Since their formation in 2016, they've curated events, hosted a monthly show on NTS Radio, published a zine, run their own mix series to promote marginalised producers, DJs and artists, and held workshops giving women and non-binary people an introduction to radio.
In short, they're a gang of six demonstrating the power to spark change in established scenes.
Made up of DJs, producers, VJs, writers, graphic designers and fine artists, the collective have been honing their sets across London, brewing up a heady mix of techno that takes in psychedelia, coldwave, acid trance, dubstep and electro.
Here, in this extended interview taken from our Mx music: deconstructing gender and sexuality feature, they tell us more about the thinking behind the project, plus the changes – and challenges – they're seeing in the scene...
What’s the thinking behind SIREN and how did it come about?
SIREN launched in January 2016 as a response to the homogeneity of rave and club night line-ups in the techno and dance music scene, as well as a desire for more creative and safer spaces for women, non binary and queer people to party. This was born out of our shared frustrations at being unable to enjoy the music we wanted to (techno) in a space where we felt safe enough to be ourselves without being objectified and harassed amongst a sea of men.
What has the reaction been to the collective?
It all happened very quickly for us, people were surprisingly quick to support us – but we have to acknowledge some levels of privilege in that. We have also received critique for what we do too, which is a really important dialogue as we’re not perfect spokespeople and have much to learn still. We’re just a group of passionate volunteers who want to promote and support music from talented female and non-binary artists.
The early support we received gave us this platform we were not expecting at all, which was a pretty daunting position to have been thrown in. SIREN was never about us as individuals, and we do our best to make sure everything we do can be used as an opportunity to help other women and non-binary people in the scene.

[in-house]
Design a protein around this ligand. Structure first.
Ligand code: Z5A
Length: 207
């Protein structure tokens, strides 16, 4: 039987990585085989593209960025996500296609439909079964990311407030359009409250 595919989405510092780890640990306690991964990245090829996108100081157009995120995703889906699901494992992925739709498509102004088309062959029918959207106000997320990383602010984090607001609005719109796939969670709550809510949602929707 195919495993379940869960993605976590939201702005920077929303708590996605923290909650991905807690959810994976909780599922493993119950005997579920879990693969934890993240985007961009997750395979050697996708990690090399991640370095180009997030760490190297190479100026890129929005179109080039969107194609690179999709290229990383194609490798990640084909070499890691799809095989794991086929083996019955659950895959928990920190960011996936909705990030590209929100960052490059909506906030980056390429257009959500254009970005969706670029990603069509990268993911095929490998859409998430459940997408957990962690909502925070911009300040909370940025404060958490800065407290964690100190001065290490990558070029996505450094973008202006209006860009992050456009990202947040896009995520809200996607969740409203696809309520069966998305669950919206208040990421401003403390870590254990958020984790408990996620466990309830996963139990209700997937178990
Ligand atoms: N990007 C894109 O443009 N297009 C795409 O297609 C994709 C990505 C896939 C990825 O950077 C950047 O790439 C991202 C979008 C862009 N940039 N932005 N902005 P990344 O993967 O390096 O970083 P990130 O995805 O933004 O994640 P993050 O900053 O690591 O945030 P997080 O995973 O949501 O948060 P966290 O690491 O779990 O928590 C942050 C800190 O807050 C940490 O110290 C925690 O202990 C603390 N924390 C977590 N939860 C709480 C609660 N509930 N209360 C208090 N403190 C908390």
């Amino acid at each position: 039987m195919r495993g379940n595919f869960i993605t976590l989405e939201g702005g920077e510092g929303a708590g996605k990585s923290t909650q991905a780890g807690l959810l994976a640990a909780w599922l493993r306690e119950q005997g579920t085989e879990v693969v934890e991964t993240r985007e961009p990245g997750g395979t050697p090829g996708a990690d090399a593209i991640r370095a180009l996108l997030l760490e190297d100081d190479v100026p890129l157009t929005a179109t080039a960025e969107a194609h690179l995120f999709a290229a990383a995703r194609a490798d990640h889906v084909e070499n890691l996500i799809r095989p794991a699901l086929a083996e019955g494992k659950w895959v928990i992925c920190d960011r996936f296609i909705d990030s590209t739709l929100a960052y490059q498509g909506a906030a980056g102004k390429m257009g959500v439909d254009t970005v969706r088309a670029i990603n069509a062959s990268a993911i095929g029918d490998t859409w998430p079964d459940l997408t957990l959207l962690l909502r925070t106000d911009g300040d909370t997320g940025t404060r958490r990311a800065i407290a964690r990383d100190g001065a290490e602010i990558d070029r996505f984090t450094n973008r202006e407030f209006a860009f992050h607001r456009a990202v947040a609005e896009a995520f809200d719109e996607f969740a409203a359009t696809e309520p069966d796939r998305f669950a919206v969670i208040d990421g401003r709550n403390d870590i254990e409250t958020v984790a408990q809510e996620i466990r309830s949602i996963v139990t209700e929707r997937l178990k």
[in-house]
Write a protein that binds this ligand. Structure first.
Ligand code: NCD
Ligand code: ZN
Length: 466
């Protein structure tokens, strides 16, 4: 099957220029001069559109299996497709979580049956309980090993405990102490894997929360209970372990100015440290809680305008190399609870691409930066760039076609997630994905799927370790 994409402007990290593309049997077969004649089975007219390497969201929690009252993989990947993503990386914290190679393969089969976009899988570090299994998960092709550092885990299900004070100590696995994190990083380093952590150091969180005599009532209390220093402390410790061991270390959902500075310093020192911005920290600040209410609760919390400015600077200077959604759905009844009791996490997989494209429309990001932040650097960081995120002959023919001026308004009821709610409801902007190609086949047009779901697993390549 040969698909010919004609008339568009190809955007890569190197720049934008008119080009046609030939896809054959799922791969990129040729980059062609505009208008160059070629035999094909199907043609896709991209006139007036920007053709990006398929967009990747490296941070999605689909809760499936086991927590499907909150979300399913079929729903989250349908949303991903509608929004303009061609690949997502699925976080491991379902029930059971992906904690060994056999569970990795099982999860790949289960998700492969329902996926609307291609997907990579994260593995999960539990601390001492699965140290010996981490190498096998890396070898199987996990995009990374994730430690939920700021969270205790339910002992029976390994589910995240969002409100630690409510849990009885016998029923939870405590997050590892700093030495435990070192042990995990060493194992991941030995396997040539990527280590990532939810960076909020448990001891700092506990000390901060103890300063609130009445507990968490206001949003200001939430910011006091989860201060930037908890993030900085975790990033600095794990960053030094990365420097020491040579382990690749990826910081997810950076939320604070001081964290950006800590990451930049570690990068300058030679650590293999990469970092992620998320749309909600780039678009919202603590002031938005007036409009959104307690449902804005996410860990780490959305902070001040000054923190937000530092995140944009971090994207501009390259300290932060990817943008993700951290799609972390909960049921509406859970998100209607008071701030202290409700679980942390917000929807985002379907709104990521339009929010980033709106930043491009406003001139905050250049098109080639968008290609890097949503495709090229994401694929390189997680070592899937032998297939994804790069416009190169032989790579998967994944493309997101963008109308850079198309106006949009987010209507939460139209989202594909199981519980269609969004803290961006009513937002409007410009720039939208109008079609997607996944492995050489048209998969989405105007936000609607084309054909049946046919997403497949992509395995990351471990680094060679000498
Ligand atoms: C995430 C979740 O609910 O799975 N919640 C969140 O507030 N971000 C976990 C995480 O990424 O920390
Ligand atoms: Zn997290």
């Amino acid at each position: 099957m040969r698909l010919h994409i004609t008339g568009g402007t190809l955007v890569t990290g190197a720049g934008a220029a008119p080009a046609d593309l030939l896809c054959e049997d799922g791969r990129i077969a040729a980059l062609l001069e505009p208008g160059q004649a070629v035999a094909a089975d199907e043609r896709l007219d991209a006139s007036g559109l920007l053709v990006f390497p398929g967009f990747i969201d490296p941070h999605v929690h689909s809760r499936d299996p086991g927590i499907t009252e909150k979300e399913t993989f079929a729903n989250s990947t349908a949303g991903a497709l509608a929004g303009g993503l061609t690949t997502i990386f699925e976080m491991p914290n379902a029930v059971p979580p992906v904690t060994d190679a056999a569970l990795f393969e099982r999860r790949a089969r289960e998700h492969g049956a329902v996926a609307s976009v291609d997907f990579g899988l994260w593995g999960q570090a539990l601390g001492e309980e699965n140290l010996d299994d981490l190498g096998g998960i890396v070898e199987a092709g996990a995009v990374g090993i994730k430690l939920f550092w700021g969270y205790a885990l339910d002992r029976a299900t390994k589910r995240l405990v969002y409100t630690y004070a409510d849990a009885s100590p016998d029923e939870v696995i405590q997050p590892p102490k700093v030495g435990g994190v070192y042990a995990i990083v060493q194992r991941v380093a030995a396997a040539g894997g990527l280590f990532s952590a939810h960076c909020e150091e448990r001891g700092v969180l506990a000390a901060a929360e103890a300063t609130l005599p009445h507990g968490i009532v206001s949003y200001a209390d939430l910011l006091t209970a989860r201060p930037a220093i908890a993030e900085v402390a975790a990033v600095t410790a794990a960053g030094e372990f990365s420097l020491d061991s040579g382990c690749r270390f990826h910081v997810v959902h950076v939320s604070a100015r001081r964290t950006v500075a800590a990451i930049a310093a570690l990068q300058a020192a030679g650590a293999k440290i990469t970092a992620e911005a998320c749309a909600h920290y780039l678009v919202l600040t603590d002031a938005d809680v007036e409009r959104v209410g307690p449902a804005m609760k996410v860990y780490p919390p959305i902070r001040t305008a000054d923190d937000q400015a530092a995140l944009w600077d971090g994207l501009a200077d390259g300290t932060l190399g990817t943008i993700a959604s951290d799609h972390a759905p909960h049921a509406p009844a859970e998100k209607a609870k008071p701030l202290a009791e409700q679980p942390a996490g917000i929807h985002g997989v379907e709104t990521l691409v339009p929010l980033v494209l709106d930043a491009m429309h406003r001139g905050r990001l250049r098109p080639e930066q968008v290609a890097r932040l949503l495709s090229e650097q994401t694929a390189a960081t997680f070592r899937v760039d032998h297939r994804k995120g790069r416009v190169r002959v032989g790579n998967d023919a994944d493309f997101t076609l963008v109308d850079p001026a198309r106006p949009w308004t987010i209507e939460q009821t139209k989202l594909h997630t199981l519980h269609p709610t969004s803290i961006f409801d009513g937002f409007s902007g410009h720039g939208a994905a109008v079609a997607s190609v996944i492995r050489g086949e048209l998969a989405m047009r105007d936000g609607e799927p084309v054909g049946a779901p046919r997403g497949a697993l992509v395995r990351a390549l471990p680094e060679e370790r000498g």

Your mission statement is to, 'Create a safe and immersive space for those who are underrepresented in dance music, whilst continuing to critique the electronic music scene as a whole.’ What's the landscape like for those that are unrepresented?
Line-ups are still skewed in favour of the white, heterosexual cisgender male. Female:pressure have done some very insightful, albeit unsurprising, surveys on this. Queer spaces in London are closing down and a lot of the remaining commercial club nights have immensely expensive ticket prices that leave their events inaccessible to more marginalised audiences, which is leaving a lot of such nightlife quite stale.
Sexual harassment in clubs is a familiar occurrence for women and other marginalised groups, so it’s important to us to create a safer space without prying eyes where we can forget about the patriarchy for the night and feel free and liberated.
Do you think LGBTQ artists are represented in the music industry?
There are certainly a lot of LGBTQ artists, but few are getting the amount of recognition that they should. It’s somewhat shocking in a scene whose origins owe so much to the queer scenes of Chicago and Detroit – or even looking to spaces such as Berlin’s Berghain. A lot of it stems back to the way music education is approached and the hyper-masculine approach to how electronic music is taught, and also perhaps the commercialisation of dance music in recent years.
Do you think positive changes are being made to promote inclusivity in the industry?
We feel that there has been positive change on a low level across the music industry in the last five years we have been involved in it. There is now recognition that women’s voices need to be heard. This has been reflected positively in more women DJs being booked on line-ups. But it seems at times this has been born out of the realisation that having all-male line-ups isn't ‘cool’ anymore and booking women is now economically advantageous.
This trend at the upper levels of the music industry has also not yet really spread to the same level of support for non-binary artists, queer artists, POC artists. And there is still a lot to be done on the sexual harassment in clubs front.
It's easy to feel there has been positive change within our small bubble, but on a wider commercial level there has been little to no change in those dance music spaces. Further, at the top of pretty much all major influential electronic music organisations, the people making most of the decisions and gate-keeping this culture are pretty much all 30-40 year old cisgender-heterosexual white men.
Catch SIREN's next event, Interwave, on 12 January at London's Moth Club.
Photo: Steph Wilson